5 1. that person is someone from whom the constable would (in the absence of any incapacity of that person and of any objection by a medical practitioner) be entitled to require the provision of a specimen of blood for a laboratory test; 2. it appears to that constable that that person has been involved in an accident that is relevant to the matter under investigation, or the circumstances of that matter; 3. it appears to that constable that the person is or may be incapable (whether or not he has purported to do so) of giving valid consent to the taking of a specimen of blood; and 4. it appears to that constable that that person's incapacity is attributable to medical reasons. Such a request may not be made to a medical practitioner who for the time being has any responsibility for the clinical care of the person concerned, and may not be made to a medical practitioner other than a police medical practitioner unless it is not reasonably practicable for the request to be made to a police medical practitioner or it is not reasonable for such a medical practitioner (assuming they are willing to do so) to take the specimen. It is lawful for a medical practitioner to whom such a request is made, if they think fit, to take a specimen of blood from the person concerned, and to provide the sample to a constable. If a specimen is taken in these circumstances then the specimen should not be subjected to a laboratory test unless the person from whom it was taken has been informed that it was taken, and has been required by a constable to give his permission for a laboratory test of the specimen, and has given his permission. On requiring a person to give such permission, a constable must warn that person that a failure to do so may render him liable to prosecution. If a person without reasonable excuse fails to give permission, then he is guilty of an offence. Defence of Reasonable Excuse It is an offence to fail to provide any specimen, when lawfully required to do so, without reasonable excuse. As in the case of failure to take a breath test, for the excuse to be reasonable the test is whether there is some physical or mental incapacity which precludes the provision of the sample, or that to provide it would involve some material risk to health. For example, an overwhelming repugnance to the giving of a sample of blood, due to a fear of the hypodermic needle, or to the sight of the person's own blood, may amount to a reasonable excuse. Mere dislike of the procedures, or embarrassment, would not be sufficient. Physical difficulties or mental problems may amount to reasonable excuse. Compliance must also be active; a driver who told the police officers making a requirement for a specimen of blood or urine that they could please themselves as to which they took was held to have refused to provide the necessary specimens. The driver must co-operate reasonably with all requirements properly made of him and comply with, for example, reasonable requests by the doctor taking the sample of blood. A conditional acceptance to provide a specimen is not enough. Nor is it a reasonable excuse that any part of the preceding procedure has been wrongly carried out, or that any reasonable belief on the part of the constable making the requirement is unjustified. A person who fails to provide a specimen does not need to be given a second chance to do so. Where a second specimen of urine cannot be given, a blood specimen may be required. Evidence Proportion of Alcohol in Specimen There are a number of important rules in the 1988 Act which apply to evidence used during proceedings under the Act. The first of these is that evidence of the proportion of alcohol or any drug in a specimen of breath, blood or urine provided by or taken from the accused is in all cases to be taken into account. This means that the evidence shown by such a specimen may be considered by a court and used to support a conviction, even if the specimen was improperly, unfairly, or even unlawfully obtained. Defects in procedure, or a failure to give an appropriate warning, will not necessarily constitute a defence under the Act. However, there remains at common law the ability of any judge to use their discretion not to admit any evidence to a trial which has been unfairly or improperly obtained.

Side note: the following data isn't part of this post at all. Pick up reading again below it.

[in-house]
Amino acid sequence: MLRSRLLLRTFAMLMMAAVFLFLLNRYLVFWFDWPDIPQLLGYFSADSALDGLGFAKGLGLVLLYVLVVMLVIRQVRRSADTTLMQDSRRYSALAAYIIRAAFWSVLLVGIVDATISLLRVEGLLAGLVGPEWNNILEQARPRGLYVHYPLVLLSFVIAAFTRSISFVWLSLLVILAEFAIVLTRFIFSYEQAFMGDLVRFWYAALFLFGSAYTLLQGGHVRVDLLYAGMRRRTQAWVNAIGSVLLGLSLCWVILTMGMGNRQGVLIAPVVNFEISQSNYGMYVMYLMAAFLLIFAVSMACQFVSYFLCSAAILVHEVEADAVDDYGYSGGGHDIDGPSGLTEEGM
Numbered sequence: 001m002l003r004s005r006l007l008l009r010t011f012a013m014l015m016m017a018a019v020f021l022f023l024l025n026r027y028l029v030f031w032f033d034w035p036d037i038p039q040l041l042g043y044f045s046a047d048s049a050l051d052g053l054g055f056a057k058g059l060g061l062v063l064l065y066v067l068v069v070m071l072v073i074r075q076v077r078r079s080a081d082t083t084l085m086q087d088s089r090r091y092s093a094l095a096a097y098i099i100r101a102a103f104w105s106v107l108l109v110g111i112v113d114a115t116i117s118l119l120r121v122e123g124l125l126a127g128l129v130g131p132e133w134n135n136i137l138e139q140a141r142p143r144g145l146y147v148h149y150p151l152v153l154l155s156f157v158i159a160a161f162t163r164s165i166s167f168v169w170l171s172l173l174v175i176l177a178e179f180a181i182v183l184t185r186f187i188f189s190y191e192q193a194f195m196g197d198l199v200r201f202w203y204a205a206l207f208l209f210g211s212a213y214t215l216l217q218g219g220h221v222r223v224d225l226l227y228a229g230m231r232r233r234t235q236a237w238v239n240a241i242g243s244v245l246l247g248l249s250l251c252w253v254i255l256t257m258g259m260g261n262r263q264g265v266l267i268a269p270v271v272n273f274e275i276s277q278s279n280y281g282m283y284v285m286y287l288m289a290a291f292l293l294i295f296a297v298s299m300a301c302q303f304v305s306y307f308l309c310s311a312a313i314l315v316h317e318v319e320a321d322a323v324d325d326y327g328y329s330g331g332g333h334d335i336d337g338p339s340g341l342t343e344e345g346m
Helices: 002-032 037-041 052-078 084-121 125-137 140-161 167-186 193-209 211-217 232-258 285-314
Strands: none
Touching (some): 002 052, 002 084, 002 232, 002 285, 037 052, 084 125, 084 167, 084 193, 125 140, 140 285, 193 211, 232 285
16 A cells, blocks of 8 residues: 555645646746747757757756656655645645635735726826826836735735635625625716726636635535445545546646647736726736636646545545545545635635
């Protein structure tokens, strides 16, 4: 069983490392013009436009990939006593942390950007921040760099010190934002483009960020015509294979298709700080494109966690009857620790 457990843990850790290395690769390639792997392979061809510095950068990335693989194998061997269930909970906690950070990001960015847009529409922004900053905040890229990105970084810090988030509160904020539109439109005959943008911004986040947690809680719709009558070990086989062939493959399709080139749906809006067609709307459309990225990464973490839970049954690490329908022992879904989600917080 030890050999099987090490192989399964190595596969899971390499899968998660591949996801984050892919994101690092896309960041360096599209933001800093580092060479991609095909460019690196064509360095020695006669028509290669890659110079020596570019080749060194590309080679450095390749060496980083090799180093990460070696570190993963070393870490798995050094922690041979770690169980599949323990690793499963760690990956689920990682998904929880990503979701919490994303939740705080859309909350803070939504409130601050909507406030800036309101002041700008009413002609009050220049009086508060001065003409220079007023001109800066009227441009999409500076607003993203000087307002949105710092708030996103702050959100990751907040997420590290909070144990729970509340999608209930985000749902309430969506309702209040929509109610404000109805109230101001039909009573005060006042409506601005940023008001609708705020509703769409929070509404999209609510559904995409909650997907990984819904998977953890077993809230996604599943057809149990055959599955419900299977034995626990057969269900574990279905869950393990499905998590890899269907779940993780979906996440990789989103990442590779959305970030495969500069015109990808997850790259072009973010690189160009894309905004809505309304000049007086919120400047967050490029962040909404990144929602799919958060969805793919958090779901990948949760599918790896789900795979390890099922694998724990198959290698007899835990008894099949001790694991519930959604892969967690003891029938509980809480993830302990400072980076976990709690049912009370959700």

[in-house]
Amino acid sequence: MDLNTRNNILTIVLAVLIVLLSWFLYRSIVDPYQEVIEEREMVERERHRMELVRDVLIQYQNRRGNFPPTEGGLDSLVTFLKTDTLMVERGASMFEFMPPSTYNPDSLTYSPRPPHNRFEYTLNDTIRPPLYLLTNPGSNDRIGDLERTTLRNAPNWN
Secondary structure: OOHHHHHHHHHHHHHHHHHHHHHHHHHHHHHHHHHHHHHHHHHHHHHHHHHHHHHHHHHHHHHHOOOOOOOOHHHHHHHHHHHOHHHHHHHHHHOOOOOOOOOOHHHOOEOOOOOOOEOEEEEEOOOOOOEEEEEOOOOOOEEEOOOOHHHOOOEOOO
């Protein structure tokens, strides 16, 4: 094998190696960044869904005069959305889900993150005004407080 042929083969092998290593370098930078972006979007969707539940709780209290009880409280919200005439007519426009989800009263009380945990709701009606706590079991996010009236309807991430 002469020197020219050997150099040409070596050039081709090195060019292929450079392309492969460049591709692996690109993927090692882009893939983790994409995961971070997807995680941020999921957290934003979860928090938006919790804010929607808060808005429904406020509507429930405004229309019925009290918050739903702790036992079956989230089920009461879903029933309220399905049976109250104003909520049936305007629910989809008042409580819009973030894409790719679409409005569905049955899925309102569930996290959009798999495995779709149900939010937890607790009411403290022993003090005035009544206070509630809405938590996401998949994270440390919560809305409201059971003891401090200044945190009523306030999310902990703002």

6 Secondly, the proportion of alcohol in the accused s breath, blood or urine while driving, or in charge of, the vehicle is to be assumed to be not less than that shown by the specimen. The only defence provided is that this assumption is not to be made if the accused proves: 1. that he has in fact consumed alcohol after committing the offence but before providing the specimen or having it taken from him, and 2. that, had he not done so, the proportion of alcohol in his breath, blood or urine would not have exceeded the permitted maximum and, if it is alleged that he was unfit to drive through drink, would not have been such as to impair his ability to drive properly. In particular, the accused must show that the particular amount of alcohol which he consumed following the act of driving, attempting to drive or being in charge would inevitably and specifically, in all the circumstances of the case, indicate that apart from the subsequent consumption of alcohol the concentration of alcohol in his breath, blood or urine would not have exceeded the permitted maximum. This defence can be established by a single witness; corroboration is not required. Documentary Evidence Evidence of the proportion of alcohol or drug in any specimen of breath, blood or urine may be given in court by production of documentation. In particular, evidence of the proportion of alcohol in a breath specimen may be provided by a statement automatically produced by the device into which the specimen was given, together with a certificate signed by a constable that the statement relates to a specimen provided by the accused at the date and time referred to in the statement. The constable who signs the certificate need not be the same officer who made the requirement to take the test. The court may employ its own knowledge and understanding of the device and use the evidence of the statements automatically produced by the device in assessing whether the accused driver is shown to have exceeded the permitted levels of alcohol. The documents must be served on the accused either by handing a copy to him at the time the document is produced, or by serving it on him not later than seven days before the hearing (or trial). A document becomes inadmissible if the accused has served notice on the prosecutor, not later than three days before the hearing (or within such further time as the court may in special circumstances allow), requiring the attendance of the person by whom the document purports to be signed. If the device appears to be doing what it is supposed to do, expert evidence of its operation is not required. Whether defects in the print-outs will indicate that the device is reliable will depend on the circumstances. The test of reliability is subjective to the police operating the device. If the prosecution evidence is that the device is reliable, the onus is on the defence to show that it is not, on the balance of probabilities. With regards to a blood or urine sample, evidence of alcohol content may be given by a certificate signed by an authorised analyst. The specimen of blood or urine must be identified sufficiently on the certificate. As above, a specimen of blood is normally to be taken from an accused only if he consents to it, and evidence that this was done can be given by production of a document which purports to certify that the sample was taken with consent and by a medical practitioner or a registered health care professional and which is signed by the medical practitioner or the registered health care professional. If an accused asks to be supplied with a specimen of blood or urine provided by him, the specimen must be divided and one part given to him, otherwise the specimen will not be admissible in evidence. Detention After the provision of a specimen of breath, blood or urine, the police have a discretionary power to detain the accused at the police station until such time as the accused, were he to be driving, or attempting to drive, a vehicle, would not be committing an offence under sections 4 or 5 of the Road Traffic Act However, a driver is not to be detained if there is no likelihood of him driving or attempting to drive a vehicle while in such a condition. A person liable to be charged under the drink driving provisions of the Act may not also be charged under the Licensing Act 1872 with the offence of being drunk while in charge of a carriage in a street or other public place. Source: Stair Memorial Encyclopaedia